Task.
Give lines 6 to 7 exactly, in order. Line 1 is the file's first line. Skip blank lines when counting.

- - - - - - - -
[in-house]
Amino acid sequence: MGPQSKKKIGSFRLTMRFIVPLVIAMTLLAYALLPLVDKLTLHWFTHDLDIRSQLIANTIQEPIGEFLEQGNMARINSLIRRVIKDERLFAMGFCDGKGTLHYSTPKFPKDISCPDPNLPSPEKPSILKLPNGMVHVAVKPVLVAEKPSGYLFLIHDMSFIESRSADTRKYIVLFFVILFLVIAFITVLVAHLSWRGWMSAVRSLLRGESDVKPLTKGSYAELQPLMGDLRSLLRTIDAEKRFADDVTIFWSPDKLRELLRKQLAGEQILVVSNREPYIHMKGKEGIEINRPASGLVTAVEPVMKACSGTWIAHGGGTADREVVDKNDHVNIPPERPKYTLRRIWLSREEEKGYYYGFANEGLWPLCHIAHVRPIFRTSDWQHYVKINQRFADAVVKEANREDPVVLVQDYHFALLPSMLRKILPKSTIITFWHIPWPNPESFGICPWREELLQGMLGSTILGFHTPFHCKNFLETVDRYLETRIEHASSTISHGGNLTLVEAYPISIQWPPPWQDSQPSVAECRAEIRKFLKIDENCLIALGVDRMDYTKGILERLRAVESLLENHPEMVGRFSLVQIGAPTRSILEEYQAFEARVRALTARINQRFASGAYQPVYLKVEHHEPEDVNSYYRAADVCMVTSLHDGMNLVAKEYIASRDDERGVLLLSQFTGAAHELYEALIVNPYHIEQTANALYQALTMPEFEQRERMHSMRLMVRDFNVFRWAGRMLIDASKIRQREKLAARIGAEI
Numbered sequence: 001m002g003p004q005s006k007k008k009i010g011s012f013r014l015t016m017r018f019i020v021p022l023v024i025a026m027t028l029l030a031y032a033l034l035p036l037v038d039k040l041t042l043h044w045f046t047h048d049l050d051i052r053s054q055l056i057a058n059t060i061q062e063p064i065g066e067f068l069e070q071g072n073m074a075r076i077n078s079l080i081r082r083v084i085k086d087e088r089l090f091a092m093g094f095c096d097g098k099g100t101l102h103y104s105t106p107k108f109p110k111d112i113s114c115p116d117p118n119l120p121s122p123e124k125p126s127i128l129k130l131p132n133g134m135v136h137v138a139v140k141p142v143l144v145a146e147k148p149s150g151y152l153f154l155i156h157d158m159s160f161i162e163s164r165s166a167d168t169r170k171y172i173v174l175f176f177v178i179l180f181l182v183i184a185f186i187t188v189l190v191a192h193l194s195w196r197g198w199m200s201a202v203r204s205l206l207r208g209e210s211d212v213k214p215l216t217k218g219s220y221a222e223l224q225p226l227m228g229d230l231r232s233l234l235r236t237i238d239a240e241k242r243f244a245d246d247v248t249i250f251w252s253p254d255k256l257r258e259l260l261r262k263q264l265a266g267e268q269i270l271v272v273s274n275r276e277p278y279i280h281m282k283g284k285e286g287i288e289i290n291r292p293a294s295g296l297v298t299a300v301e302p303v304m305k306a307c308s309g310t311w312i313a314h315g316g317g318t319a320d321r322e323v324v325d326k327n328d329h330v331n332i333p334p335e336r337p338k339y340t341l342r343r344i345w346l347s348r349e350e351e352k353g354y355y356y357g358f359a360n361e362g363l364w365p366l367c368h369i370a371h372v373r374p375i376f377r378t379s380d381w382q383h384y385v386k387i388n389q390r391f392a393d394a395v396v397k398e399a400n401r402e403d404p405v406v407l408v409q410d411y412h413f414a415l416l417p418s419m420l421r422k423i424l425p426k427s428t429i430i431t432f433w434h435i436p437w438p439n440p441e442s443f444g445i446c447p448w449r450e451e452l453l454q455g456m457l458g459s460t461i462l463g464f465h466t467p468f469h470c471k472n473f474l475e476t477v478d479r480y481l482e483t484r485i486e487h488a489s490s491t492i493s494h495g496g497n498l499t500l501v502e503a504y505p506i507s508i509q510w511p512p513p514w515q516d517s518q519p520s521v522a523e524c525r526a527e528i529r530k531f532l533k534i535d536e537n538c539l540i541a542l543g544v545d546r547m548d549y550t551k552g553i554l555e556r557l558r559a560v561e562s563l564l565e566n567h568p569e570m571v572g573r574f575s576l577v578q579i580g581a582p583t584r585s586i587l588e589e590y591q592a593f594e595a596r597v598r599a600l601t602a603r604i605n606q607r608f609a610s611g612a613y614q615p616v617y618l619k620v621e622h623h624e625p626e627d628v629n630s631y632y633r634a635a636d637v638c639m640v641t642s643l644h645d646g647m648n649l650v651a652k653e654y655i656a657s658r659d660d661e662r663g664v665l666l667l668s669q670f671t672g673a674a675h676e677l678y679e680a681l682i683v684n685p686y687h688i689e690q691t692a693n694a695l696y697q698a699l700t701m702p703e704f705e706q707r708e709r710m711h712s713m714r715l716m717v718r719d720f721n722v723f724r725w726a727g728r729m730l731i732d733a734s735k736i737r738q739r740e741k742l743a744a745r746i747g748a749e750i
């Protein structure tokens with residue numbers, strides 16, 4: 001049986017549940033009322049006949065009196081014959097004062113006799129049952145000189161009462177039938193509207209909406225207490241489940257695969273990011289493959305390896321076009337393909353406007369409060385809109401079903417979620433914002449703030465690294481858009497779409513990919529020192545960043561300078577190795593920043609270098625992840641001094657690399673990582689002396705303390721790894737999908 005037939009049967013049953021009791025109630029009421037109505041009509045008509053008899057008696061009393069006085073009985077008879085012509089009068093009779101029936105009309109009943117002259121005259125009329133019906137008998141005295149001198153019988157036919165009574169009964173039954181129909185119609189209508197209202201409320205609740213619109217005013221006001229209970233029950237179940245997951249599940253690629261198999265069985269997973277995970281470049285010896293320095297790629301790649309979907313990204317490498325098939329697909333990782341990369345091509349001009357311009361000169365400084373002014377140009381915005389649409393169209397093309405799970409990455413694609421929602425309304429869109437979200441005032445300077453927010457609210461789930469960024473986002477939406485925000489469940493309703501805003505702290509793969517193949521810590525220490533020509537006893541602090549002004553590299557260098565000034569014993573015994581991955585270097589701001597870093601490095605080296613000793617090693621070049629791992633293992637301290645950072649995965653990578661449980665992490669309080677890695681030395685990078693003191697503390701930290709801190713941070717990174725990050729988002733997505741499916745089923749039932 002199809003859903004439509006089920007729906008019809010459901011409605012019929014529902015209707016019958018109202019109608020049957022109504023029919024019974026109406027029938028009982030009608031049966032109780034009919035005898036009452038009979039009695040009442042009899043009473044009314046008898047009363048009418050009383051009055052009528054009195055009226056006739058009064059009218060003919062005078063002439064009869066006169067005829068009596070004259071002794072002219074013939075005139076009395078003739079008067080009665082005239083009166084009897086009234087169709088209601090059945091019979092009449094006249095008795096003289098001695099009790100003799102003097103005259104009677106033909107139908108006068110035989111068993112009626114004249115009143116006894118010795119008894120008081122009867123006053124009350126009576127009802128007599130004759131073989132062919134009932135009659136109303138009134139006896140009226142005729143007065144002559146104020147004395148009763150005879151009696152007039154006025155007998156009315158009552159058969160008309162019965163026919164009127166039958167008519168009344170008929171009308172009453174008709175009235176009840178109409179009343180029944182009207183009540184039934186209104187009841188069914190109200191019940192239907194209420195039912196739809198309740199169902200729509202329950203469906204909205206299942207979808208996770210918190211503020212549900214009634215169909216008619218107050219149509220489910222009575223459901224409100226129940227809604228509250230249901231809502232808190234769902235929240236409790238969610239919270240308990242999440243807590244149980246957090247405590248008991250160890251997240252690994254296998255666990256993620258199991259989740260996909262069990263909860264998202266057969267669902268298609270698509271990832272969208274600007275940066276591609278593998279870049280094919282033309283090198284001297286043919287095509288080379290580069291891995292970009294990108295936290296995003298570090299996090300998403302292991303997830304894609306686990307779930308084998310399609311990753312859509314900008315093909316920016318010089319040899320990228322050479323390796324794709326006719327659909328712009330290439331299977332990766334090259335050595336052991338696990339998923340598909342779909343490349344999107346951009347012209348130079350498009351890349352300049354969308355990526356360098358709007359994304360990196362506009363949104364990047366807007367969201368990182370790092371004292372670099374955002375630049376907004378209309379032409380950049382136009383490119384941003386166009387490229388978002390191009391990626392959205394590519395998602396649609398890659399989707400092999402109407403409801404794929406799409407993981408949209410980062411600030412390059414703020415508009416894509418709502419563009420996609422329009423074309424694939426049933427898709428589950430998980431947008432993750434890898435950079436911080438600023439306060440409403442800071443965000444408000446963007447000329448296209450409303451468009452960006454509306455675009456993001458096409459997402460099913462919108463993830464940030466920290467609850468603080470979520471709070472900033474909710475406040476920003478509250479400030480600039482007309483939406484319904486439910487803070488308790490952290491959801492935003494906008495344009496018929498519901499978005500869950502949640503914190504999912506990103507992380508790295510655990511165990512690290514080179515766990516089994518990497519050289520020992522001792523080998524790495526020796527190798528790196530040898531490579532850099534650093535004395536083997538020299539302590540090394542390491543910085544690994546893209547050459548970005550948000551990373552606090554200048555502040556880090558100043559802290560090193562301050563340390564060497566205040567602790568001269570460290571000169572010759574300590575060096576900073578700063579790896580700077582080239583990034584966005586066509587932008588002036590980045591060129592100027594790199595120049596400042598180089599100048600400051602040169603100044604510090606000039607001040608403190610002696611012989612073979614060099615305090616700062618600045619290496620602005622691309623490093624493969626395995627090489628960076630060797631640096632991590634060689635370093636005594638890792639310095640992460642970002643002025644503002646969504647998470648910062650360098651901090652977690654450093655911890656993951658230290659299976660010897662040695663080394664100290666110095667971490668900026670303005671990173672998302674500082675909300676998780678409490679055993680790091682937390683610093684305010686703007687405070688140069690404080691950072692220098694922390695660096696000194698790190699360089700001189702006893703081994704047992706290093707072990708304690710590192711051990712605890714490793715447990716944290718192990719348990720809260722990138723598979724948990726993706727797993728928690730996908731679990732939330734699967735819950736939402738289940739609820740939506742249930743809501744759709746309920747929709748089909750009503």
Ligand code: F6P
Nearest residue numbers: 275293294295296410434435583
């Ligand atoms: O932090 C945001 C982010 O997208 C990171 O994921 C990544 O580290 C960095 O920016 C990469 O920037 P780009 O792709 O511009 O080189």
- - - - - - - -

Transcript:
Nearest residue numbers: 275293294295296410434435583
């Ligand atoms: O932090 C945001 C982010 O997208 C990171 O994921 C990544 O580290 C960095 O920016 C990469 O920037 P780009 O792709 O511009 O080189």